Friday, August 28, 2009


For anyone picking up Allen Steele's Spindrift. Skip to Part Two and start there. I'm listening to the audiobook, and Part Two stars about a quarter of the way through. Here's a precis of Part One:

Narrator who won't be part of the body of the action picks up miscreant scientist from prison on the Moon (yes, on the Moon). Alien signal/craft has been detected, a ship prepared, and a crew readied to intercept same. Miscreant scientist unexpectedly (okay, not really) included on the mission. Ship departs.

Number of meetings to discuss mission/deliver information to the reader: 2
Incompetent ship's Captain, who must die or be redeemed: 1
Overlooked overqualified officer who will either take charge or sacrifice self: 1
Earnest female officer sleeping with overqualified officer: 1
Science errors thus far: One Bajillion

The problem with audiobooks is that you can't skim ahead to the aliens.


Tuesday, August 25, 2009


There are those who say studying screenwriting is a complete waste of time, leaves you with no marketable skills, and in a future era would do nothing more for you than to earn you a berth on Douglas Adams' space ark of middlemen. Note that said ark was carrying an under-appreciated population of telephone sanitizers. Nobody missed the screenwriters. I assume they were aboard.

While I won't argue that the merits of a screenwriting education are few, I can speak for one. It leaves you with a bulletproof sense of structure. It can be a bit eerie to be listening to a long, long audiobook and know the moment you've arrived at the end of act one, or the midpoint, etc. But it works. No matter the book, the genre, or the pace of the story, a screenwriter will never miss a landmark.

Once in a while, this gets weird. It did recently for me, and I was right in the middle of a big strange book. The landmark I had heard go by wasn't the midpoint-- it was the top of the third act. Yep, I was twelve hours into a twenty-four-hour-long audiobook, and the final battle was starting.

Where was I? I was halfway through China Miéville's Perdido Street Station. This book is an imagination explosion. It's a sequel, so even if I wanted to explain the world in which it takes place I couldn't-- I haven't read book number one. I have read his novel The City and the City, which is a stunner. Want to read a mystery with an outstanding and unique premise? Go get it.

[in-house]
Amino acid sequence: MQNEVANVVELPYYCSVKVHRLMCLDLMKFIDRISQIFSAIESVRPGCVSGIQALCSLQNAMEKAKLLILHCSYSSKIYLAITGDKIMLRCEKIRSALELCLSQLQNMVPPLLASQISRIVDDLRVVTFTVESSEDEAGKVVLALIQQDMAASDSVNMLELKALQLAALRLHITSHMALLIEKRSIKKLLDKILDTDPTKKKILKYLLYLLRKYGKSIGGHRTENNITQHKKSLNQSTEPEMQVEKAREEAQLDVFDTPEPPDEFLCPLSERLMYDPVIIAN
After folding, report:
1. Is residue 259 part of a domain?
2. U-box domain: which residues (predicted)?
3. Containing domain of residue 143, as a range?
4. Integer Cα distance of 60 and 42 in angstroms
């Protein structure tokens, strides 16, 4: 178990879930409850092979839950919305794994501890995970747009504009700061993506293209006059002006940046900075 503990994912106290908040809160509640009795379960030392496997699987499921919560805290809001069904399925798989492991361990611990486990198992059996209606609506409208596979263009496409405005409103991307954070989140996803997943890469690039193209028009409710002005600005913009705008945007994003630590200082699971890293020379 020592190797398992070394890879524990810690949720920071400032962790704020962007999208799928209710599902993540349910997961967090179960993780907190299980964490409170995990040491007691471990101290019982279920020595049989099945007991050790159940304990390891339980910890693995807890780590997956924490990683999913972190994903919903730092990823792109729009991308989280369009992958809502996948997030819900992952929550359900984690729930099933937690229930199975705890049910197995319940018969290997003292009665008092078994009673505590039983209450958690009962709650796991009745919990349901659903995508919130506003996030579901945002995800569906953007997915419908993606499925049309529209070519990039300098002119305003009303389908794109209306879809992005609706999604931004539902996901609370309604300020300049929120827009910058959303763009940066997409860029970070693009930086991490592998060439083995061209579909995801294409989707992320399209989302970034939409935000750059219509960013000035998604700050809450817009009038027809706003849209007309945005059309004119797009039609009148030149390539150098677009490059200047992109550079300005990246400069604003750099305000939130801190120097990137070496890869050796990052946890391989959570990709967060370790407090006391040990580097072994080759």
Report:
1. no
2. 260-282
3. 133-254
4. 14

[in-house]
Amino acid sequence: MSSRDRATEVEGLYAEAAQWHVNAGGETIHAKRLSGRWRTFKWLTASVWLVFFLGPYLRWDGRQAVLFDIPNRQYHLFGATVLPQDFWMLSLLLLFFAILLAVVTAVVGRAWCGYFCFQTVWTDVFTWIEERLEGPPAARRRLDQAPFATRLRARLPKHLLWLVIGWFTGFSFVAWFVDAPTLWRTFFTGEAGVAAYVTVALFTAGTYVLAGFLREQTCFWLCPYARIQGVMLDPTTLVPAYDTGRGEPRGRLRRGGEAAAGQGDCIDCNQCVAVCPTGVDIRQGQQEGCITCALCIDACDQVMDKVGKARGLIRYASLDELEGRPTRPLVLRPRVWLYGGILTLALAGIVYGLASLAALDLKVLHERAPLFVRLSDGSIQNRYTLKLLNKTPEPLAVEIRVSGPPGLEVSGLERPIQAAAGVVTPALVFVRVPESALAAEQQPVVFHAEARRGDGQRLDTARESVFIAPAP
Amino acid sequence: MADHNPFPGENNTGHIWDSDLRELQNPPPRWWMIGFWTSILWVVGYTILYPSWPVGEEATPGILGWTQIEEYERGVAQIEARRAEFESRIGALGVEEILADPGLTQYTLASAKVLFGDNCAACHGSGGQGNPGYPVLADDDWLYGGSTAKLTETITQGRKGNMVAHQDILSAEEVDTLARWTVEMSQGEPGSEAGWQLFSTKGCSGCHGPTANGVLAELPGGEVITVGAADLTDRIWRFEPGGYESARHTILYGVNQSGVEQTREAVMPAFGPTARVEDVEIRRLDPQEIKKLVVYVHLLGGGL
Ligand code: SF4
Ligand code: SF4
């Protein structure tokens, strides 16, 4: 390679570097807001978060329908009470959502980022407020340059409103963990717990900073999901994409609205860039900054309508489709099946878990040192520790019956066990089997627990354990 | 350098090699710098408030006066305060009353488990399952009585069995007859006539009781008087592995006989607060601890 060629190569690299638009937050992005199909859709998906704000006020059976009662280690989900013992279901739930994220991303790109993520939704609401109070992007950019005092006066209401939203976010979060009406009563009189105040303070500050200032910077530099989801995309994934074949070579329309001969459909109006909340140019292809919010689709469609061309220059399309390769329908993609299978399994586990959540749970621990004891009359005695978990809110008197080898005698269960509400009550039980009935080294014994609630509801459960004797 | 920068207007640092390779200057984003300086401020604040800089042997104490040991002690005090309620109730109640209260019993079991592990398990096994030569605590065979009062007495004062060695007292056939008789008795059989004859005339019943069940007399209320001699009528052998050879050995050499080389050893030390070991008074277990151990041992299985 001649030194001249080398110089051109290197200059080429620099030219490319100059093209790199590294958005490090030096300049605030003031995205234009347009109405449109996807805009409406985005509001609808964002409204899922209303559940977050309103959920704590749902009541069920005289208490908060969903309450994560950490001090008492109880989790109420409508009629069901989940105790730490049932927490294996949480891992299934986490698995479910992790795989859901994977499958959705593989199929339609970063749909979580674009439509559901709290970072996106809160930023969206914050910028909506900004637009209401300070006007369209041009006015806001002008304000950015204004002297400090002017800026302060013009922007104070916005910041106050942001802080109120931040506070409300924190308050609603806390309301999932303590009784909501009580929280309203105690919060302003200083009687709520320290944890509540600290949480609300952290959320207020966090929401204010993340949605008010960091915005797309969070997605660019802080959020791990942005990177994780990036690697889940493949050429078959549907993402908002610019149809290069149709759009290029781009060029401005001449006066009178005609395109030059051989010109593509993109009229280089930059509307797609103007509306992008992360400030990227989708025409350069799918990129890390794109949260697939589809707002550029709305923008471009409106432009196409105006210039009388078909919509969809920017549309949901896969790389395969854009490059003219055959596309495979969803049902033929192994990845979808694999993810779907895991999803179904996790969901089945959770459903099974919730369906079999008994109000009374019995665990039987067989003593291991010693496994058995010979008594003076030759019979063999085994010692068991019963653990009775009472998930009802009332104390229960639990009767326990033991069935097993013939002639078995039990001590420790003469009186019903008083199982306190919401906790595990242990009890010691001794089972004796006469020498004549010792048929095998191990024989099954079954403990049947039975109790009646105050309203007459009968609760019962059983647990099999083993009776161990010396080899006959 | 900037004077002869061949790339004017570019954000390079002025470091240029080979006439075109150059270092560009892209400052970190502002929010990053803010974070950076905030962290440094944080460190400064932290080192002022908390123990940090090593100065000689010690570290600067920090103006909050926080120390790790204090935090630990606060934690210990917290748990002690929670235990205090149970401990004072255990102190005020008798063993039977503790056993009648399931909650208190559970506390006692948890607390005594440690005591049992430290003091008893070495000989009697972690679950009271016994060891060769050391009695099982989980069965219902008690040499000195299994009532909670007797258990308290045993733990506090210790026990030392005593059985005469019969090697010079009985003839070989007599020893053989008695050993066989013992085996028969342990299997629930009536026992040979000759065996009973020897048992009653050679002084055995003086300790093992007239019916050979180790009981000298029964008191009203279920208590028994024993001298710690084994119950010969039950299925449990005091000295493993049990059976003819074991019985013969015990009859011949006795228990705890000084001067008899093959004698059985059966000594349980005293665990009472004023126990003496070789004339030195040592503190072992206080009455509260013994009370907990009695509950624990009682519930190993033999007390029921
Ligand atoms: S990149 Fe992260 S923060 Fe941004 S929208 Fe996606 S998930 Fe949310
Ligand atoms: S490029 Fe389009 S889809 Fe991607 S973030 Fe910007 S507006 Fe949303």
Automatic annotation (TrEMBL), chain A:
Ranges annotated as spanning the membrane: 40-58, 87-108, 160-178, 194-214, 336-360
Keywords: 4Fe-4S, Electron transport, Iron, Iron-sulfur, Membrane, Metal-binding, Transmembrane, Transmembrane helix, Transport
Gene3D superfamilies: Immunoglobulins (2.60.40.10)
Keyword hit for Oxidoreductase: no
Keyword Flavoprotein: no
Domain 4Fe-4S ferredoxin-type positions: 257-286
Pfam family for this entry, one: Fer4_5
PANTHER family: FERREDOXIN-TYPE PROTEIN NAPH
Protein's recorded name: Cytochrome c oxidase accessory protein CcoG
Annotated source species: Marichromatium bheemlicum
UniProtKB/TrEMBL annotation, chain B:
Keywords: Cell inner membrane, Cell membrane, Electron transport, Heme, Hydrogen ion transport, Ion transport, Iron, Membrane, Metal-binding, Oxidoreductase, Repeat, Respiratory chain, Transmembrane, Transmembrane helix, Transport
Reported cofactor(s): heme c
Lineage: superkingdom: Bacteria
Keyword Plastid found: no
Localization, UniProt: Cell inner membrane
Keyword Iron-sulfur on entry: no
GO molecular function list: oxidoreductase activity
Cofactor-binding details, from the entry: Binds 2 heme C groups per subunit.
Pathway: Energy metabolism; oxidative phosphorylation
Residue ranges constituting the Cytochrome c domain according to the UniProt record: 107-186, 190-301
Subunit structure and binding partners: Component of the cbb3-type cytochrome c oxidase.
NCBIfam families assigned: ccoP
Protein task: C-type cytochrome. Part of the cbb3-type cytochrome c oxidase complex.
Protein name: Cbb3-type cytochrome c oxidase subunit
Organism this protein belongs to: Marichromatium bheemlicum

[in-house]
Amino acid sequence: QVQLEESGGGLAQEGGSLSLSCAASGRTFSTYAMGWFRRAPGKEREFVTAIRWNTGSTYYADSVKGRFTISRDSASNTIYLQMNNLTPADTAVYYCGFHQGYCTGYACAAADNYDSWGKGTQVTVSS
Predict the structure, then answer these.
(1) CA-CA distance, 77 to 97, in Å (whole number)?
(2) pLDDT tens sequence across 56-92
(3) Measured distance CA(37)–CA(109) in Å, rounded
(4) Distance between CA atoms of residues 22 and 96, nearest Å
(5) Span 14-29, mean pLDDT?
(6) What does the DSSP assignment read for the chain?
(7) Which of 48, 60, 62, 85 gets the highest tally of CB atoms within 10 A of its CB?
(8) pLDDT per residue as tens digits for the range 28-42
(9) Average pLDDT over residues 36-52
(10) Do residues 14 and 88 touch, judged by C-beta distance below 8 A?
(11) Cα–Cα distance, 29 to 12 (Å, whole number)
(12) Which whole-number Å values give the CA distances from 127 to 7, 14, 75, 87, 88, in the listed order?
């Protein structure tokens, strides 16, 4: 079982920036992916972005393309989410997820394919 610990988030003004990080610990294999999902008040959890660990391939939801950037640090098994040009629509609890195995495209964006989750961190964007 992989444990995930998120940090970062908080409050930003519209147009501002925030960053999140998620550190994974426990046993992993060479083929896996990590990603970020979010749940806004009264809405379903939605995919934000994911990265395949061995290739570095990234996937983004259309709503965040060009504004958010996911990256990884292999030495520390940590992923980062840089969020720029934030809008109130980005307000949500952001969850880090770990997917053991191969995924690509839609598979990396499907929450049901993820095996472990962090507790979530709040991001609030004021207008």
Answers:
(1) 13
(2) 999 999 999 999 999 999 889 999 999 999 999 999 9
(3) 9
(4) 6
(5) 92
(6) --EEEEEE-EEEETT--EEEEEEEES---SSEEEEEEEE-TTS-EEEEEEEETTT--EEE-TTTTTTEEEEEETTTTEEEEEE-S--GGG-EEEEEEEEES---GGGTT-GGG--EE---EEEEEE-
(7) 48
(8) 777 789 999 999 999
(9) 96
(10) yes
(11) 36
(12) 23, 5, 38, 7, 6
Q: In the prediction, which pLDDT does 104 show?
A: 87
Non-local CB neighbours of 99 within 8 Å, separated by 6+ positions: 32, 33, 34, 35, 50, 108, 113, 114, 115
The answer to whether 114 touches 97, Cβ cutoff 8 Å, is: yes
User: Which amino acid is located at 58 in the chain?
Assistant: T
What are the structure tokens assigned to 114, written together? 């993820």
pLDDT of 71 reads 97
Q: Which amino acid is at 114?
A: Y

Back to Perdido Street and the structural problem. Because it started ending too early. As the final battle began, I thought it had to be a ruse-- a cover story that would end, and then the real conflict would emerge. You'll see that in erotic thrillers. The poor schlub main character thinks the plot is about killing the femme fatale's evil husband. Once that is accomplished he discovers it is about something very different.

But here the battle kept going. And I came to realize that it would last for twelve hours. Not by being complex, but by slowing... down....

This is a problem. The final battle was a complex action sequence. But the pace was so slow, the writing so fine-grained, that it barely seemed to move. What killed the pace most were description and point of view. Description because absolutely everything was described. I mean everything. If there were two or three descriptions for one object or event, they all made the cut. Point of view because everyone got one. Not a problem usually; I do the same. Different scene, different POV. But here we got multiple points of view in most scenes. We even got the point of view of some giant slavering insects. Head hopping everywhere.

All this drags the pace down. Even the internal sense of urgency seemed to vanish. At one point the main character stumbles and lands with his injured palms on a sheet of metal. It is described as being as hot as a kettle on a stove. Does he scramble away? Well, not right off. He hesitates. Then he moves. Gaaah!

There are a few other curiosities here, like a kidnapped girlfriend who isn't thought about for a hundred pages or so. And a main character who seems oddly passive at the worst times. A secondary character who acquires a first-person point of view. Verbs that arrive replete with "began to"s far too often.

I'll be back for the next if this becomes a trilogy, and I'll get the first book. Miéville has an imagination that could power Western Europe. I'm just going to hope that, in the next book, act three begins 75% of the way through the book.

Sunday, August 2, 2009

The Order is In.

I have ordered ink cartridges. Yes, the kind that cost more than the printer, once you add shipping to Hawaii. Two-day Fedex only, if you please. I will be able to print out the plans for the woodworking project my father thinks I should try next, and I will be able to print out the new book.

The new book is only halfway done, and has been for a loooong time. I have allowed myself to indulge in the magical notion that when I work on this book Bad Things Happen. So I shall try to change my luck by printing it out. Sometimes I wait to do this until I have a rough draft, but printing now might change the mojo.

I meet a lot of writers these days who don't print out their work. I try to convince them that it's worth the $87.08 to Epson and FedEx. Reading your work in print is a very different experience than reading it on a screen. Editing on paper is much more successful because it seems more permanent and serious. And reading your work aloud? Yikes, you might think yourself a moron.

Soon I shall print, and edit, and then possibly write again. I hope this is not a Portent of Doom.